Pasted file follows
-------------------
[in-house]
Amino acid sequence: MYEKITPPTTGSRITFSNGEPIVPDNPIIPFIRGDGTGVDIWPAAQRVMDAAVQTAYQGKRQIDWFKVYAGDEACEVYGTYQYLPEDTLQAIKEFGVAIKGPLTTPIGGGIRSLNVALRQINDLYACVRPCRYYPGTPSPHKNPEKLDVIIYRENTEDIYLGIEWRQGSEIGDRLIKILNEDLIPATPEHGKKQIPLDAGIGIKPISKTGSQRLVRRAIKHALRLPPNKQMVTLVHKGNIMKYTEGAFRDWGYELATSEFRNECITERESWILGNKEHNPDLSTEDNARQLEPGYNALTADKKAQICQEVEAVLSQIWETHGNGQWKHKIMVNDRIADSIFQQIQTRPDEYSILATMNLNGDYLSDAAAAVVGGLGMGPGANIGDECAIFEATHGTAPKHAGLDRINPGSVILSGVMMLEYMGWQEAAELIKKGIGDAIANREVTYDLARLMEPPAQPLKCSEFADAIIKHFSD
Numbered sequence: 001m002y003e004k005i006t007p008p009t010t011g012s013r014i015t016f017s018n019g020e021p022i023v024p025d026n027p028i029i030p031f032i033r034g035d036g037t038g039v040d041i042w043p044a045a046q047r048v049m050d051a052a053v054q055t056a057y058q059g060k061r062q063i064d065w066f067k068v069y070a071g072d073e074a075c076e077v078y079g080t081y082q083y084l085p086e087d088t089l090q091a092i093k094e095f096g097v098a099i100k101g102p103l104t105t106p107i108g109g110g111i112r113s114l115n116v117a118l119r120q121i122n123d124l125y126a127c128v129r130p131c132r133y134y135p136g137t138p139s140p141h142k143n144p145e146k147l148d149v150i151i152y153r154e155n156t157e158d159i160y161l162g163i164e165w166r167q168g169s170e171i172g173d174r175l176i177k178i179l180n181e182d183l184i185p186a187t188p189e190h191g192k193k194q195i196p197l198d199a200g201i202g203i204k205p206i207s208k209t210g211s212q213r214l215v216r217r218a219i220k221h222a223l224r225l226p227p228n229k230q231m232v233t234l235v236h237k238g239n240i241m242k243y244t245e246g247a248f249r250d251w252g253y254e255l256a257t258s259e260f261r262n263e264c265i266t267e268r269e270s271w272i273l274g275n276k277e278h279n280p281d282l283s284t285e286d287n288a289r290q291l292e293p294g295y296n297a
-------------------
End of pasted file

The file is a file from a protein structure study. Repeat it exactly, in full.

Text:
[in-house]
Amino acid sequence: MYEKITPPTTGSRITFSNGEPIVPDNPIIPFIRGDGTGVDIWPAAQRVMDAAVQTAYQGKRQIDWFKVYAGDEACEVYGTYQYLPEDTLQAIKEFGVAIKGPLTTPIGGGIRSLNVALRQINDLYACVRPCRYYPGTPSPHKNPEKLDVIIYRENTEDIYLGIEWRQGSEIGDRLIKILNEDLIPATPEHGKKQIPLDAGIGIKPISKTGSQRLVRRAIKHALRLPPNKQMVTLVHKGNIMKYTEGAFRDWGYELATSEFRNECITERESWILGNKEHNPDLSTEDNARQLEPGYNALTADKKAQICQEVEAVLSQIWETHGNGQWKHKIMVNDRIADSIFQQIQTRPDEYSILATMNLNGDYLSDAAAAVVGGLGMGPGANIGDECAIFEATHGTAPKHAGLDRINPGSVILSGVMMLEYMGWQEAAELIKKGIGDAIANREVTYDLARLMEPPAQPLKCSEFADAIIKHFSD
Numbered sequence: 001m002y003e004k005i006t007p008p009t010t011g012s013r014i015t016f017s018n019g020e021p022i023v024p025d026n027p028i029i030p031f032i033r034g035d036g037t038g039v040d041i042w043p044a045a046q047r048v049m050d051a052a053v054q055t056a057y058q059g060k061r062q063i064d065w066f067k068v069y070a071g072d073e074a075c076e077v078y079g080t081y082q083y084l085p086e087d088t089l090q091a092i093k094e095f096g097v098a099i100k101g102p103l104t105t106p107i108g109g110g111i112r113s114l115n116v117a118l119r120q121i122n123d124l125y126a127c128v129r130p131c132r133y134y135p136g137t138p139s140p141h142k143n144p145e146k147l148d149v150i151i152y153r154e155n156t157e158d159i160y161l162g163i164e165w166r167q168g169s170e171i172g173d174r175l176i177k178i179l180n181e182d183l184i185p186a187t188p189e190h191g192k193k194q195i196p197l198d199a200g201i202g203i204k205p206i207s208k209t210g211s212q213r214l215v216r217r218a219i220k221h222a223l224r225l226p227p228n229k230q231m232v233t234l235v236h237k238g239n240i241m242k243y244t245e246g247a248f249r250d251w252g253y254e255l256a257t258s259e260f261r262n263e264c265i266t267e268r269e270s271w272i273l274g275n276k277e278h279n280p281d282l283s284t285e286d287n288a289r290q291l292e293p294g295y296n297a